After breakfast, on the second day of the Lake Titicaca tour in Perú, together with my companions Wen and Del, I was escorted to the small harbour by the man of the household in which we had stayed, to meet up with the rest of our party. The islanders took their responsibility of looking after us very seriously, although we only stayed with them for one night. Presumably they would be receiving another batch of guests later that day and have to do it all over again.

We set off from Amantani, to the neighbouring island of Taquile where we would explore, then have lunch before returning to Puno. After dropping us off on one side of the island, the boat set off for the other side, leaving us to make our way over the top.

Although the cultures of all three islands we visited varied, it seemed that they all had a great pride in their history and tried to keep to tradition as best they could.

Lake Titicaca

Lake Titicaca lies between Perú and Bolivia and is claimed to be the highest navigable lake in the world. It is a great place to visit and has both artificial and natural islands.

The artificial islands, known as the Floating Islands of the Uros, are constructed from totora reeds which grow close to the shore. The Uro people also build boats from the same reeds. They are a friendly people and seem keen to show off their way of life.

From the floating islands, we set off to the natural island of Amantani, where we were to stay overnight, lodging with local families. I was allocated to the same family as, Del, a solo traveller from the USA and Wen, a young lady from Malaysia, also travelling alone. The accommodation can best be described as basic but the families were very friendly and also protective. They also provided us with our meals.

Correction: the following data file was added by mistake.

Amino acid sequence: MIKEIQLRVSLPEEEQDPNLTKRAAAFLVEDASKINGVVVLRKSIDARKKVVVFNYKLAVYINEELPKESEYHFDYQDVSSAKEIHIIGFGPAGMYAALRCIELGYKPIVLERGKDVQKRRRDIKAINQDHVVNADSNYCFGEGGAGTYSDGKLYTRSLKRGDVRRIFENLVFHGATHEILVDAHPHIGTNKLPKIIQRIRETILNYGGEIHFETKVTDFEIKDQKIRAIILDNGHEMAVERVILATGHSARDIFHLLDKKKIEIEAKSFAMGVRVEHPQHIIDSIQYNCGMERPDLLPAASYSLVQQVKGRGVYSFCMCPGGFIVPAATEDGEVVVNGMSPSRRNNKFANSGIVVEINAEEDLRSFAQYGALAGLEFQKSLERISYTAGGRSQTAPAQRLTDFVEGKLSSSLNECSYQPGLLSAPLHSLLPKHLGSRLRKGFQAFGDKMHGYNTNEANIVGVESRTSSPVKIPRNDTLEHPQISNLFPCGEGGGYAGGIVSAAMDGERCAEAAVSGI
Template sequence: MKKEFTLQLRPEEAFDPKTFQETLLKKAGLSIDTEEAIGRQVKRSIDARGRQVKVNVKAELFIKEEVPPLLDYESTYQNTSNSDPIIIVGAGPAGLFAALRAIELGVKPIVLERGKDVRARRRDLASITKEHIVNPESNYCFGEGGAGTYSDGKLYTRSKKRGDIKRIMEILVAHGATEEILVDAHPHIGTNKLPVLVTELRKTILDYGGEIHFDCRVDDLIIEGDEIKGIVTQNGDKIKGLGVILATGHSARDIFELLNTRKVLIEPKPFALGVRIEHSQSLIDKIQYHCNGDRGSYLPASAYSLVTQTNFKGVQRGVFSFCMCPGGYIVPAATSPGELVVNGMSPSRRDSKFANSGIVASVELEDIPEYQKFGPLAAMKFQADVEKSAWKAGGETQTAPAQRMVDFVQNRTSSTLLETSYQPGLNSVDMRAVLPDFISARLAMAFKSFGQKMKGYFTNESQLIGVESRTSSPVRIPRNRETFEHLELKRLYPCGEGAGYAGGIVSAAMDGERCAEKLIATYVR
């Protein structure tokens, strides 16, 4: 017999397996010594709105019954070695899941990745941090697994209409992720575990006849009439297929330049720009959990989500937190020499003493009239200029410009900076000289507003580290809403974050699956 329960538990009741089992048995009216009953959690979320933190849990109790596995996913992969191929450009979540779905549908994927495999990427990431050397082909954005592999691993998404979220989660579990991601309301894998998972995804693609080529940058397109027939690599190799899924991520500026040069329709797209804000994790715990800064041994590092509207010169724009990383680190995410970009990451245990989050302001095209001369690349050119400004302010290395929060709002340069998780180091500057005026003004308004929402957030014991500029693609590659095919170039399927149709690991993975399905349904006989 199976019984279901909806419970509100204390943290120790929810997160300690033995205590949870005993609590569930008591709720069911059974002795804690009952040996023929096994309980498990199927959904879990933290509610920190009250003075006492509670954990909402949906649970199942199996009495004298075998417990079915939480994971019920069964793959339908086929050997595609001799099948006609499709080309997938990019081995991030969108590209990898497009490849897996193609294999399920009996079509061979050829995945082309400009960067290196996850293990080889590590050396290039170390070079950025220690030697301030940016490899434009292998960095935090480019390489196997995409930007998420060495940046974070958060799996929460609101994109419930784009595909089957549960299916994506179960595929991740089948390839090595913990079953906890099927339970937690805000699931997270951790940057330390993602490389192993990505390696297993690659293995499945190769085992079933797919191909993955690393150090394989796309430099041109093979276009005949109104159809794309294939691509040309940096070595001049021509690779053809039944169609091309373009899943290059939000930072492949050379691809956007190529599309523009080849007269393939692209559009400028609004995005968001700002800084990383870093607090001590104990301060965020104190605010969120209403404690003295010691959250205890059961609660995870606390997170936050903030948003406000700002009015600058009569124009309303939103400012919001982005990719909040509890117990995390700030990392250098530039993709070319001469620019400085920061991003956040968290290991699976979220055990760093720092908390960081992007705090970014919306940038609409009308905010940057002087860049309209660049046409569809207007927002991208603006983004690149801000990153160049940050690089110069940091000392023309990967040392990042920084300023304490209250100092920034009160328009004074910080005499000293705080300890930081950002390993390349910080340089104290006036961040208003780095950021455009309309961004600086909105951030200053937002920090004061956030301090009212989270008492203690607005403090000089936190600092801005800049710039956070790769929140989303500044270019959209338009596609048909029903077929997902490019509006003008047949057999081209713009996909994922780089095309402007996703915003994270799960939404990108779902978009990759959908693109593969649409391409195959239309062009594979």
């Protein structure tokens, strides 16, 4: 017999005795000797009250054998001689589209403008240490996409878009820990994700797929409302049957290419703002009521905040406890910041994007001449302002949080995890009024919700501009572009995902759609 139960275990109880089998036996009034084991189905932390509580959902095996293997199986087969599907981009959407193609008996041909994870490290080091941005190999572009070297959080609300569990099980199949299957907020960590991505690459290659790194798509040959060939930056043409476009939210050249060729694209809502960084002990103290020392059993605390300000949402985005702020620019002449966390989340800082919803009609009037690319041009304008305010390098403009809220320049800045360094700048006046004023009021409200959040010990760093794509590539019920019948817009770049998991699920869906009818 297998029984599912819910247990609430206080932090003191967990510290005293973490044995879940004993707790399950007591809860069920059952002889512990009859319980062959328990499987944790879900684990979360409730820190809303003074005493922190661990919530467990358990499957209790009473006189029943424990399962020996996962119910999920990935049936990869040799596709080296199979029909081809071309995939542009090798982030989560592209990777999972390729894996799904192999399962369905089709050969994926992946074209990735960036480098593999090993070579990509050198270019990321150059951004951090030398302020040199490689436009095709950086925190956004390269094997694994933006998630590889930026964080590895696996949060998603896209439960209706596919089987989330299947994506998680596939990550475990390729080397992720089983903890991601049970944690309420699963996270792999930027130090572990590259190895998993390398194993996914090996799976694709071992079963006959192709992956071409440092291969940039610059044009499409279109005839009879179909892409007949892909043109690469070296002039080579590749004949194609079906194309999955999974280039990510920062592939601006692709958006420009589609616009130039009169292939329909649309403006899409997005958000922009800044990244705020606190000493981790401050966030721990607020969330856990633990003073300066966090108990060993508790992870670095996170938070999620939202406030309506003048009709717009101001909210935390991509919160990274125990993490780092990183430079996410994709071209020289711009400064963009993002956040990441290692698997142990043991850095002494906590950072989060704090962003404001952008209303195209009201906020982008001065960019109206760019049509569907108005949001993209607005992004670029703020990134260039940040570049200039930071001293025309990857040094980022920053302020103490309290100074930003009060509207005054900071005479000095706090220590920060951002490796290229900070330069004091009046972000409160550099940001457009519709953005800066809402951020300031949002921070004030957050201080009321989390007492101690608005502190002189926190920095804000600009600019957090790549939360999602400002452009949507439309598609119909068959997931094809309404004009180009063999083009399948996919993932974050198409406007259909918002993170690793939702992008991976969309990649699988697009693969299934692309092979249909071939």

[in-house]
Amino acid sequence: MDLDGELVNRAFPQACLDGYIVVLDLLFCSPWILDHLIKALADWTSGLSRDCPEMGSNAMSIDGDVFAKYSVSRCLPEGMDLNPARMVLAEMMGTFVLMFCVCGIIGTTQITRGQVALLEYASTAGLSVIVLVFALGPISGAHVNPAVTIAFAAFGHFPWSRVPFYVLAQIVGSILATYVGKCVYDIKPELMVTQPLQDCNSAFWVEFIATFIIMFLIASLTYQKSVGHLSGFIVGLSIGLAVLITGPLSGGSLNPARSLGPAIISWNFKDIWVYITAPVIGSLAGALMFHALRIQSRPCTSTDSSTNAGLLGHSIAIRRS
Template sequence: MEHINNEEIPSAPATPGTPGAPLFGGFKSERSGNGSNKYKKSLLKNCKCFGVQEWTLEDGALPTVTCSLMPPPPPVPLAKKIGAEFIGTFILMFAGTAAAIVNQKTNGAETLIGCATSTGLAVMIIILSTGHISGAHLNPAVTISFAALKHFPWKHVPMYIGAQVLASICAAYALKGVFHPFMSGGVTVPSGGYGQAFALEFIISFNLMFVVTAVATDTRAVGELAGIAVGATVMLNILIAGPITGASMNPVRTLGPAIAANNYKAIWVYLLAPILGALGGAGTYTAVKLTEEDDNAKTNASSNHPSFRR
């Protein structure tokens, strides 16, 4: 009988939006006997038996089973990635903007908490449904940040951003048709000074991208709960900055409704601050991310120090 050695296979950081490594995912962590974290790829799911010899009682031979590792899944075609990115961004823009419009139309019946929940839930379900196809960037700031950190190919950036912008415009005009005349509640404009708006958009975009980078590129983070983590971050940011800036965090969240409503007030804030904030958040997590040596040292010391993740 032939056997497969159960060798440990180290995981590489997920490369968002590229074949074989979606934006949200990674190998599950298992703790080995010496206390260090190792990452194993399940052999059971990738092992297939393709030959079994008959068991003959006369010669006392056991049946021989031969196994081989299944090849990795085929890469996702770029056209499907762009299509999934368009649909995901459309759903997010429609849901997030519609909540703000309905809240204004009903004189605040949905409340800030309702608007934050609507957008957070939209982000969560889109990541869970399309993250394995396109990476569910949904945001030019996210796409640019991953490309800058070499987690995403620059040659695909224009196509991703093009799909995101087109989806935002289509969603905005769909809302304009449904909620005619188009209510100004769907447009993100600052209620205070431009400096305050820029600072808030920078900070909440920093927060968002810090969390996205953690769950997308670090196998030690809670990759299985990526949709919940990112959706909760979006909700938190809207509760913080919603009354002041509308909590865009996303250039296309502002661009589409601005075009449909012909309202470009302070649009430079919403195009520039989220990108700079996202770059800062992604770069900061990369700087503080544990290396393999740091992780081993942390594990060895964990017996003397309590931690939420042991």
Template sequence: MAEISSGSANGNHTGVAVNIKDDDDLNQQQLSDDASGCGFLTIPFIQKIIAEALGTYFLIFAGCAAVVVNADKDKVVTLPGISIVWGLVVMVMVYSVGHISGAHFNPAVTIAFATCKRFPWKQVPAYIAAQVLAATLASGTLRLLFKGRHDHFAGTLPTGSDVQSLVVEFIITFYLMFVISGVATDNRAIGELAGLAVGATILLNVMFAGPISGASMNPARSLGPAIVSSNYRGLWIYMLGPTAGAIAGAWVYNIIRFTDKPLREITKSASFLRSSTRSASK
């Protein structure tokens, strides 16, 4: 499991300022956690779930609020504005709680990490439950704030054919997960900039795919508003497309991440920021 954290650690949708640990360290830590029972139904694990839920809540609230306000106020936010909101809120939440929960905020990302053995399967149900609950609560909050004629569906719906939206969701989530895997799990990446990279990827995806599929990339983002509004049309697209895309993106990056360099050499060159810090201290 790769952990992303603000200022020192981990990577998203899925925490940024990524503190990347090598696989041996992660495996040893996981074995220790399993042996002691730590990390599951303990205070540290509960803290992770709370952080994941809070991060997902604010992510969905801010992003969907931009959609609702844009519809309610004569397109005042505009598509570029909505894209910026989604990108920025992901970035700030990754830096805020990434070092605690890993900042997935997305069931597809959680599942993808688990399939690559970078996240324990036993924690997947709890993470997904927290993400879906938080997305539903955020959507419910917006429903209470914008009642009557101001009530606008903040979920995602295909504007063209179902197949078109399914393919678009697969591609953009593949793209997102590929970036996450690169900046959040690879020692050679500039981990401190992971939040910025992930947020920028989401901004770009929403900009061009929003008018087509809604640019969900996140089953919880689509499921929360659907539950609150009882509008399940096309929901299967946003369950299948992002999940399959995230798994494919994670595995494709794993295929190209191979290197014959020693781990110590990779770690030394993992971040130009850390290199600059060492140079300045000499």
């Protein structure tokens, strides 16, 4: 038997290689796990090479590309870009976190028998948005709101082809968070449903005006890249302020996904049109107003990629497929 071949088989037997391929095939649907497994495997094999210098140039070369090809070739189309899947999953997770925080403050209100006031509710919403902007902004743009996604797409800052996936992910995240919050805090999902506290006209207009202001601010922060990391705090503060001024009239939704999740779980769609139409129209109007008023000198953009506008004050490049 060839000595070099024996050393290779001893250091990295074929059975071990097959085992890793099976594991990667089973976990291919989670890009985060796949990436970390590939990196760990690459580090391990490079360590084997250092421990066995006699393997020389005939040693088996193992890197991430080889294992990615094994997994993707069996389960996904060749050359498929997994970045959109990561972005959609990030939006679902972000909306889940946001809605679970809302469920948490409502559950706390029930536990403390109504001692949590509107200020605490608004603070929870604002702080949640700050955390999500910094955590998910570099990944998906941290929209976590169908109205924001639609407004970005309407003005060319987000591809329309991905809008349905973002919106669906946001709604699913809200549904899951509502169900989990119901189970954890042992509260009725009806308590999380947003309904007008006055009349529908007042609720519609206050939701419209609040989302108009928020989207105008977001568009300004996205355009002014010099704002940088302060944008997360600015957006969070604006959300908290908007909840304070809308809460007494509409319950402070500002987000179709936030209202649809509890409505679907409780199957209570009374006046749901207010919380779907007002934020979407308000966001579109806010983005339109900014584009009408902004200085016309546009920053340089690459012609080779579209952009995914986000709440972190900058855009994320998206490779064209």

After lunch, we rested, before being led by our guide, Ruben, on an ascent to the summit where we were able to view a magnificent sunset.

After viewing the sunset, we stumbled back down the hillside to our accommodation where we were fed and then dressed in local garb, before being escorted to a local party, where there was traditional music and dancing.

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From Cusco to Puno

To travel from Cusco to Puno, in Perú, instead of the usual direct bus, I decided to take the tourist route. This involved several stops along the way and included the services of a guide. There was also a stop for lunch and the journey took almost 10 hours.

 

The first stop was at Andahuaylillas to visit the church of San Pedro. Unfortunately, cameras are not allowed to be used inside. The church has many works of art and is known as the ” Sistine Chapel of Perú”.

 

 

The next stop was Raqchi, a large Inca site. It had been partially destroyed by the invading Spaniards but some of it is still standing.

 

 

The next stop was for lunch, buffet style, which was adequate. I sat at a table occupied by a friendly couple from Argentina, which gave me an opportunity to get advice for my forthcoming visit to their country.

 

Onward and upward to La Raya, at 4335 metres above sea level, the highest part of the journey and an opportunity to take fotos.

 

 

The next stop was at Pukara. One again, in the museum, cameras were not allowed to be used.

 

And finally, on to Puno, on the shore of Lake Titicaca.

 

Puno-PERU

Puno-PERU (Photo credit: Wikipedia)

 

 

 

 

 

 

 

 

 

 

 

 

 

Leaving the Rainforest

After just 2 nights, it was time to leave the rainforest. It was a fantastic experience and as far as Perú is concerned, I have to put it as the second favourite place I have visited, so far. Machu Picchu being the overall favourite.

I was up well before breakfast, so decided to walk through the grounds, hoping to get a decent picture of one of the yellow tailed birds in flight. They looked great, however, I was too slow.